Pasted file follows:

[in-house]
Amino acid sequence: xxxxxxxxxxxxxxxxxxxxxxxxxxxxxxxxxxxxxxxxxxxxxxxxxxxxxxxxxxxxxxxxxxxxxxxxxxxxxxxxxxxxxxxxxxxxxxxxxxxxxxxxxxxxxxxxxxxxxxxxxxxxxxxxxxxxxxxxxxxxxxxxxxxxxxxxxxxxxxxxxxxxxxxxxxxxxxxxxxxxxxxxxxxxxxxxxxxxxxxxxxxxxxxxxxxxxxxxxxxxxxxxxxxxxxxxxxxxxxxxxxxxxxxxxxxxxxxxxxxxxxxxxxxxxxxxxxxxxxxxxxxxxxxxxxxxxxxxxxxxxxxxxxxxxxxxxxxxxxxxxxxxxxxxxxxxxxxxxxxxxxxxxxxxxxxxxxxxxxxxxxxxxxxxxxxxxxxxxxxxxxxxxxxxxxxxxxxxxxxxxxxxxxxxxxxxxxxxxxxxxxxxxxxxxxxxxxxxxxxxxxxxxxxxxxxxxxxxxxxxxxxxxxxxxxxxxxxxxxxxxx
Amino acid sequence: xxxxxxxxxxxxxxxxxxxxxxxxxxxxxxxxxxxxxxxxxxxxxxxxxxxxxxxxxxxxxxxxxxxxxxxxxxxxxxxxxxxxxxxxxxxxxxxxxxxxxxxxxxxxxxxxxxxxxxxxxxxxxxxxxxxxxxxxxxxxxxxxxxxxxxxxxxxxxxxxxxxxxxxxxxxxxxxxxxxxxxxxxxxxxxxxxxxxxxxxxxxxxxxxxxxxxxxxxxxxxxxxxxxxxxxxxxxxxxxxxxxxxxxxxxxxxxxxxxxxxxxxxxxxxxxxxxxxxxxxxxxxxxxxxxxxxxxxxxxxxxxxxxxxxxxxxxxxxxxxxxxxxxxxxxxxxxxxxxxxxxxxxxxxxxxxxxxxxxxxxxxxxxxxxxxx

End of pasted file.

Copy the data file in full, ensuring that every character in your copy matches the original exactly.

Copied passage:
[in-house]
Amino acid sequence: xxxxxxxxxxxxxxxxxxxxxxxxxxxxxxxxxxxxxxxxxxxxxxxxxxxxxxxxxxxxxxxxxxxxxxxxxxxxxxxxxxxxxxxxxxxxxxxxxxxxxxxxxxxxxxxxxxxxxxxxxxxxxxxxxxxxxxxxxxxxxxxxxxxxxxxxxxxxxxxxxxxxxxxxxxxxxxxxxxxxxxxxxxxxxxxxxxxxxxxxxxxxxxxxxxxxxxxxxxxxxxxxxxxxxxxxxxxxxxxxxxxxxxxxxxxxxxxxxxxxxxxxxxxxxxxxxxxxxxxxxxxxxxxxxxxxxxxxxxxxxxxxxxxxxxxxxxxxxxxxxxxxxxxxxxxxxxxxxxxxxxxxxxxxxxxxxxxxxxxxxxxxxxxxxxxxxxxxxxxxxxxxxxxxxxxxxxxxxxxxxxxxxxxxxxxxxxxxxxxxxxxxxxxxxxxxxxxxxxxxxxxxxxxxxxxxxxxxxxxxxxxxxxxxxxxxxxxxxxxxxx
Amino acid sequence: xxxxxxxxxxxxxxxxxxxxxxxxxxxxxxxxxxxxxxxxxxxxxxxxxxxxxxxxxxxxxxxxxxxxxxxxxxxxxxxxxxxxxxxxxxxxxxxxxxxxxxxxxxxxxxxxxxxxxxxxxxxxxxxxxxxxxxxxxxxxxxxxxxxxxxxxxxxxxxxxxxxxxxxxxxxxxxxxxxxxxxxxxxxxxxxxxxxxxxxxxxxxxxxxxxxxxxxxxxxxxxxxxxxxxxxxxxxxxxxxxxxxxxxxxxxxxxxxxxxxxxxxxxxxxxxxxxxxxxxxxxxxxxxxxxxxxxxxxxxxxxxxxxxxxxxxxxxxxxxxxxxxxxxxxxxxxxxxxxxxxxxxxxxxxxxxxxxxxxxxxxxxxxxxxxxx